Masterpiece Cakeshop

  • December 8, 2017
    Guest Post

    by Douglas NeJaime, Professor of Law, Yale Law School and Reva Siegel, Nicholas deB. Katzenbach Professor of Law, Yale Law School

    *This piece was originally published on Take Care Blog.

    Masterpiece Cakeshop v. Colorado Civil Rights Commission is framed narrowly—as a case about whether making a wedding cake is expressive conduct or whether religious individuals should be exempted from laws protecting same-sex couples. But this narrow view of the case misses its real stakes. The Alliance Defending Freedom (ADF, formerly Alliance Defense Fund), which represents Masterpiece Cakeshop, is driving the litigation and many similar cases around the country. ADF is not interested in a narrow resolution to a narrow question; rather, ADF is taking aim at the very legitimacy of LGBT people and legal protections for them.

  • December 4, 2017
    Guest Post

    by Caroline Mala Corbin, Professor of Law, University of Miami School of Law

    On Tuesday, the Supreme Court will hear arguments in Masterpiece Cakeshop, Ltd. v. Colorado Civil Rights Commission. The case centers on a cake, but at stake is the future of LBGTQ civil rights. The main issue is whether Colorado’s public accommodations law violates the Free Speech Clause.

    Jack Phillips, owner of Masterpiece Cakeshop, refused to sell his baking services to Charlie Craig and David Mullins, a Denver couple seeking a wedding cake. He was fined for violating Colorado’s public accommodations law, which bans discrimination on the basis of sexual orientation in places open to the public. Phillips is religiously opposed to same-sex marriage, and believes that to avoid condoning same-sex marriage, Jesus himself would refuse to employ his carpentry skills to make a bed for this couple. Phillips argues that forcing him to make a cake for Craig and Mullins would violate the Free Speech Clause by compelling him to use his creative talents to express approval of same-sex marriage. He is wrong.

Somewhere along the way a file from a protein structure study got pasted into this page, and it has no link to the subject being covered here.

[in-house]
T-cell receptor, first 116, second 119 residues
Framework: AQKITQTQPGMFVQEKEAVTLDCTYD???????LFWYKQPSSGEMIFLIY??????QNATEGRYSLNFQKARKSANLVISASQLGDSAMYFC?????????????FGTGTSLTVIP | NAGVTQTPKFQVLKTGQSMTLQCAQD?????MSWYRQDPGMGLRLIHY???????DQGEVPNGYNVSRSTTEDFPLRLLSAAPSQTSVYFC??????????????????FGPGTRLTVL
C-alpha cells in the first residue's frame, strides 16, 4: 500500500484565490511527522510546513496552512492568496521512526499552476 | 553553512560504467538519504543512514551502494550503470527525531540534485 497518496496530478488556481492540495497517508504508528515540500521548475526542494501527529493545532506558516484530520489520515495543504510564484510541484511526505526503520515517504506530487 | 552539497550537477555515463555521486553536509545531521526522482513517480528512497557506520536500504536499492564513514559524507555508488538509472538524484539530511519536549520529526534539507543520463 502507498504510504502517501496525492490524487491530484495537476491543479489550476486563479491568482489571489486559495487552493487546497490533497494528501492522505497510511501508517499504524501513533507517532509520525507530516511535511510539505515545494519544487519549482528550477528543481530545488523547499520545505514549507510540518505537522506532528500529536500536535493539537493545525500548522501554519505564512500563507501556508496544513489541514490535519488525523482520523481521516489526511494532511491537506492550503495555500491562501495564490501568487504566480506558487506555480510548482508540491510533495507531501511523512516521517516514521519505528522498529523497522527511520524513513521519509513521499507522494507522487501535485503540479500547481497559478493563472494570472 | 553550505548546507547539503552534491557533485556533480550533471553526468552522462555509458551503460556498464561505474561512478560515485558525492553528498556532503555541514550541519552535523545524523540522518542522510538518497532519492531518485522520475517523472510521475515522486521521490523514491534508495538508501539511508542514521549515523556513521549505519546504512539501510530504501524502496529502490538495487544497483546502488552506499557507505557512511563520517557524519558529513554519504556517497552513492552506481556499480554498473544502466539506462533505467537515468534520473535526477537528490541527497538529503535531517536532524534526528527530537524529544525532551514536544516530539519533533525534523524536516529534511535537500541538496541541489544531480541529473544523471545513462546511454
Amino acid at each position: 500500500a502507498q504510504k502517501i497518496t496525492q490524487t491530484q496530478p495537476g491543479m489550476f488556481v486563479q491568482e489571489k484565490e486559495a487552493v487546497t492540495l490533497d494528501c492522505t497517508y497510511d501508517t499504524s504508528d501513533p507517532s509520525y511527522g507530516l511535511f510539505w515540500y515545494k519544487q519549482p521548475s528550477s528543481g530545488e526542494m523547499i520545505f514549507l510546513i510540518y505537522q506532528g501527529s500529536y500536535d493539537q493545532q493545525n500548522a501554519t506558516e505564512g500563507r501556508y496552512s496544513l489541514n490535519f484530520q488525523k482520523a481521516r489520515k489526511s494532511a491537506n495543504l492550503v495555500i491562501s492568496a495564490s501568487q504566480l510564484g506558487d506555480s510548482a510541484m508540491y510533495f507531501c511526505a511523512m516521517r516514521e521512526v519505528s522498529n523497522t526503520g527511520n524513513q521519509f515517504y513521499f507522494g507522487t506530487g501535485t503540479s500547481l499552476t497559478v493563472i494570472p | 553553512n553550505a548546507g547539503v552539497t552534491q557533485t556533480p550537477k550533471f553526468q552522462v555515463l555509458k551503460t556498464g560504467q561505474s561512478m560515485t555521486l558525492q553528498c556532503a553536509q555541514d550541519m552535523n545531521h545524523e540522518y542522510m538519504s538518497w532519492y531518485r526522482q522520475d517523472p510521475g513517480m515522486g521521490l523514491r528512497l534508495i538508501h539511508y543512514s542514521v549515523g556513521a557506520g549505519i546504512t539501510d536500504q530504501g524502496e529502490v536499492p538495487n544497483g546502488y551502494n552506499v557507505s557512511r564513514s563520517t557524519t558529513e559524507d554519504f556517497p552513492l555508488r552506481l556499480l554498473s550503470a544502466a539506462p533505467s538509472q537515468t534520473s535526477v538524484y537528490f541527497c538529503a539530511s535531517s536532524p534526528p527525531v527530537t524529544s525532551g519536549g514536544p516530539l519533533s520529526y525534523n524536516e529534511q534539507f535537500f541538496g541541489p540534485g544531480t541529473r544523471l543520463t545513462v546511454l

• October 19, 2017
    Guest Post

    by Robert Post, Sterling Professor of Law, Yale Law School     

    *This blog was originally published on Take Care

     Last month, DOJ filed an amicus brief last month in support of the petitioner in Masterpiece Cakeshop, Ltd. V. Colorado Civil Rights Commiss. DOJ argues that First Amendment guarantees of freedom of expression preclude the application of Colorado’s general antidiscrimination law to a boutique bakery that produces custom-made wedding cakes. The DOJ brief raises important theoretical questions about the scope of judicial review under the freedom of speech clause of the First Amendment. 

    I yield to no one in my support of these First Amendment freedoms. But precisely because I treasure them, I think it important properly to understand and apply them, lest they be diluted and weakened during times of actual political repression when we will need their strong and clear protection.